In earlier days these were the literary genres one could only encounter in folklore music.
That is, until Chopin, Liszt and Scriabin introduced them in classical music! On my album
‘Storyteller’ I focus on these three composers – how they explored those poetic genres and
how their compositions reflect the actual literary texts that inspired them.
The album starts with Frédéric Chopin’s four Ballades, which are among my most beloved
pieces to perform. Apart from being incredibly beautiful and emotionally powerful,
ballades have a heroic narrative element as if telling the story of a medieval legend. They also
have a distinctive dance element, possibly coming from the old Italian ballata. Each ballade
holds its own unique world and unique story. Chopin was a pioneer of this genre, and he
served as an inspiration for composers such as Liszt and Brahms, who (shortly after Chopin)
wrote ballades of their own.
In his letters, Chopin often mentioned that the main inspiration for his ballades, were the
ballades of a poet: the wonderful Adam Mickiewicz from Poland. There are ongoing disputes
about which particular ballades by Mickiewicz inspired Chopin. Some say that Mickiewicz’s
‘Switezianka’, (Nymph of Lake Switez) was the inspiration for his third Ballade, while others
say it inspired his second. In addition, there are theories that the novel in verse ‘Konrad
Wallenrod’ was the inspiration for Chopin’s first Ballade. We cannot know for sure, but what
is certain is that Adam Mickiewicz had a strong influence on Chopin. When reading his poems
one can sense a resemblance to the musical style of Chopin’s compositions.
The ‘Tre Sonetti del Petrarca’ (Three Sonnets of Petrarch) by Franz Liszt belong to the
second year of his Années de Pèlerinage (years of pilgrimage): Italie. These three poetic pieces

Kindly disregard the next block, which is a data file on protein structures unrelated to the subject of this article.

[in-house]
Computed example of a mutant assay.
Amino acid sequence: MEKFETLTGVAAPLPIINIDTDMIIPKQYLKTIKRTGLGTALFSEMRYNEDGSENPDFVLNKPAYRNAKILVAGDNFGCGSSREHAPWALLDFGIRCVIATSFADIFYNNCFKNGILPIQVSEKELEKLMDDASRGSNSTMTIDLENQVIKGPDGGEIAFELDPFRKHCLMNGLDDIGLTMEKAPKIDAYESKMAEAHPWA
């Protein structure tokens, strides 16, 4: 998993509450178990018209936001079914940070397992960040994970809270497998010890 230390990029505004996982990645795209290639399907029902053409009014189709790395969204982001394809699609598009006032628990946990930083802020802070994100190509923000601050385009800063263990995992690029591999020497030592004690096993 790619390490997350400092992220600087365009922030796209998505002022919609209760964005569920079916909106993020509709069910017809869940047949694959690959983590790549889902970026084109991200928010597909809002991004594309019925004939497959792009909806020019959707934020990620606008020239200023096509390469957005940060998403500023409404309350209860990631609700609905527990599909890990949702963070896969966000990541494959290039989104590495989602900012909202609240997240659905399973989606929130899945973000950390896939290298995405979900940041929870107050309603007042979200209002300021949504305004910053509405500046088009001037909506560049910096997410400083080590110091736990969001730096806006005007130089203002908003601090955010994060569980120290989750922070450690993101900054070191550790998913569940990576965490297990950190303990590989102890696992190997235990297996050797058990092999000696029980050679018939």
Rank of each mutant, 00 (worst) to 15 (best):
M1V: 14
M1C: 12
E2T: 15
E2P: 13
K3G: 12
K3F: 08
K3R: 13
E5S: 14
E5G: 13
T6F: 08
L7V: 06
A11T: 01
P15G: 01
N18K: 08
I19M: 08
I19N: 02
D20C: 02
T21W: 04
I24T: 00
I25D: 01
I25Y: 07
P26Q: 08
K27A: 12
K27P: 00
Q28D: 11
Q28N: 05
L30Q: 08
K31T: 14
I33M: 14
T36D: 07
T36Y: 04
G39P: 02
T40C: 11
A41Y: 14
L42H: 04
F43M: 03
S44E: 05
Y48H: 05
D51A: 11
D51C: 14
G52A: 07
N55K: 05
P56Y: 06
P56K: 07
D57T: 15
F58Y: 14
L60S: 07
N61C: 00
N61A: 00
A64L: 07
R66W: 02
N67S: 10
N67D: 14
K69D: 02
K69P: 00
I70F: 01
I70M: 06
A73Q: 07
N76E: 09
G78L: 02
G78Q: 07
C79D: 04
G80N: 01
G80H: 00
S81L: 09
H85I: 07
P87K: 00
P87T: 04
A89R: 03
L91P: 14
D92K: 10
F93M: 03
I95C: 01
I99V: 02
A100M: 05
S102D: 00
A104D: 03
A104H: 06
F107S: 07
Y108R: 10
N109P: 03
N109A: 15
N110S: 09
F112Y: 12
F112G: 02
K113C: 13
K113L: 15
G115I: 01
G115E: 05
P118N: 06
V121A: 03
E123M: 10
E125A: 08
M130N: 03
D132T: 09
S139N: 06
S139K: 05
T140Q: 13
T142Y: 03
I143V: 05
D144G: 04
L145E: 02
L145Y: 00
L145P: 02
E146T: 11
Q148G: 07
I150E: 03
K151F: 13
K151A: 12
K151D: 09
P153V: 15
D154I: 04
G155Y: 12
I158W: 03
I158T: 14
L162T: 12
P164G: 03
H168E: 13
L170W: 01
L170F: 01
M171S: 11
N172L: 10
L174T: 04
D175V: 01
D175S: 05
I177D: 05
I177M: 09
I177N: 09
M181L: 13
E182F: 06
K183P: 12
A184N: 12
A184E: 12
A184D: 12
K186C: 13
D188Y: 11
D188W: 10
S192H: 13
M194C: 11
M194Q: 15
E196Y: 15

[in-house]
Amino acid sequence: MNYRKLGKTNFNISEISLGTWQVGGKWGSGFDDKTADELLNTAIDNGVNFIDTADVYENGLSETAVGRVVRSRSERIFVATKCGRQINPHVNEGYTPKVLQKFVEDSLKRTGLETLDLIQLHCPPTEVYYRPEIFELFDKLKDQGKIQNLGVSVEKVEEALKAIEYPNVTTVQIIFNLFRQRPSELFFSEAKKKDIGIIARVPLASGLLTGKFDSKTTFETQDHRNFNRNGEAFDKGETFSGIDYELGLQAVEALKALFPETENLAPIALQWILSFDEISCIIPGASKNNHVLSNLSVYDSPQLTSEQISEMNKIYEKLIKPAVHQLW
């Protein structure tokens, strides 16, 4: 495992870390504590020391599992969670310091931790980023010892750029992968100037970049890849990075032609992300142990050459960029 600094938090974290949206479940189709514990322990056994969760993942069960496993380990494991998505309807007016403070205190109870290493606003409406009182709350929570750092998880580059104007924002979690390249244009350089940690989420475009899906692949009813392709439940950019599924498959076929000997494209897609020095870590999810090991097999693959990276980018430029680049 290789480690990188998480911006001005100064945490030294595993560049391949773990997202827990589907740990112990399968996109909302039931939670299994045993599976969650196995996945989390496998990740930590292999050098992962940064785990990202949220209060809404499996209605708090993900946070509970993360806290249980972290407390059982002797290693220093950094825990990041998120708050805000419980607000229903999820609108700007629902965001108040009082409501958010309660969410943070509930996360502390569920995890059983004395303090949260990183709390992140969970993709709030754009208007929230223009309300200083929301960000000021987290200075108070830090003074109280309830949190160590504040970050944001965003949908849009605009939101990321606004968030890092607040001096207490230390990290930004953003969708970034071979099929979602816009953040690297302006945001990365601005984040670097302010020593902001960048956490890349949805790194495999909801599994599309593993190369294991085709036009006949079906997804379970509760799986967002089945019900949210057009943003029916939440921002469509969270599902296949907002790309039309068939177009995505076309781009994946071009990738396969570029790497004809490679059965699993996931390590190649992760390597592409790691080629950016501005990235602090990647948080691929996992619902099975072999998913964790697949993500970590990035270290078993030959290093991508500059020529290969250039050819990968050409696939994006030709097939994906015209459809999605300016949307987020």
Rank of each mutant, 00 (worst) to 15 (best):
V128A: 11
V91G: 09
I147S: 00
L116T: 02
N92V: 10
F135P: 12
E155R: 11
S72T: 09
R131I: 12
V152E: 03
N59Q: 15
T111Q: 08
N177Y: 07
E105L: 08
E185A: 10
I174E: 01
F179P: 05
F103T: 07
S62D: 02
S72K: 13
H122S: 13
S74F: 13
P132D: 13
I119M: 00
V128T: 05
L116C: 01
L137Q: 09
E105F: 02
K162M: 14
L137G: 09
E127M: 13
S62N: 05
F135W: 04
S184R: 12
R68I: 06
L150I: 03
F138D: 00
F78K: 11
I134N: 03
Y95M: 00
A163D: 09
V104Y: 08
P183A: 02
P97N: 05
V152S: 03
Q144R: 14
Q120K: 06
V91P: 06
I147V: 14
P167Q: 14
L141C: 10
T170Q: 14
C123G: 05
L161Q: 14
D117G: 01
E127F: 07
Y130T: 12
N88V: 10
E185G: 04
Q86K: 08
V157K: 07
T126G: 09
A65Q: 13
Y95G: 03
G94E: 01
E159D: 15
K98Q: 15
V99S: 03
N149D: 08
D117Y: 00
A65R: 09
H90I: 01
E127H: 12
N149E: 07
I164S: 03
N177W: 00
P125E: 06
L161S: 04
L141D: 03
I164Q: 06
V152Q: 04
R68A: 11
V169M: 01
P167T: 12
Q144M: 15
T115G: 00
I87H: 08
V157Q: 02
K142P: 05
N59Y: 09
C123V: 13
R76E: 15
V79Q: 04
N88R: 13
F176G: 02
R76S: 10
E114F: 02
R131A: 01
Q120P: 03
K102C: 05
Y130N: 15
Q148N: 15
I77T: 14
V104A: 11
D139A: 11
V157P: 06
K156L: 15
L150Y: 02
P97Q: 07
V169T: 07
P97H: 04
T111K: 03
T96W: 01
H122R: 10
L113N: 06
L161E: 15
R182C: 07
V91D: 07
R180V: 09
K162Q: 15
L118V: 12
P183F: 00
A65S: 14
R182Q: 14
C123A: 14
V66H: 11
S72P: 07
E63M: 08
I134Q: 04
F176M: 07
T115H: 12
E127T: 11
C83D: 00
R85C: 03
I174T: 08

were written after Petrarca’s sonnets numbers 47, 104 and 123. The pieces are very intimate
and lyrical, and some of the climaxes even remind me of Italian opera! In all three sonnets
Petrarca writes of his love for his beloved Laura.
Alexander Scriabin introduced the genre of poems as piano miniatures. For the closing of
the album I chose two of his musical poems, Opus 32 and the Sonata no.4 Opus 30. Opus 32
are a couple of poetic sketches reflecting two states of the soul: one blissful and meditative,
the other of all-consuming ecstasy! Scriabin found his unique way of expressing blissful contemplation and unstoppable, explosive creative energy. These are the two poles of his
creative nature. In his Sonata No. 4, Scriabin provided a poem in prose that he himself wrote,
flying towards a wish, a star, as his object of desire. It opens with a very serene, poetic first
movement, which proceeds into a mad dance, liberation and flight of exaltation that ends
with an absolutely ecstatic and overwhelming coda!
Apart from having a connection with literature, the title ‘Storyteller’ has a deeper
meaning for me, since as a performing musician this is what one should do – tell the stories to
the listeners with fingers and emotions. It’s just instead of words we are using music.
– Anna FedorovaDownload booklet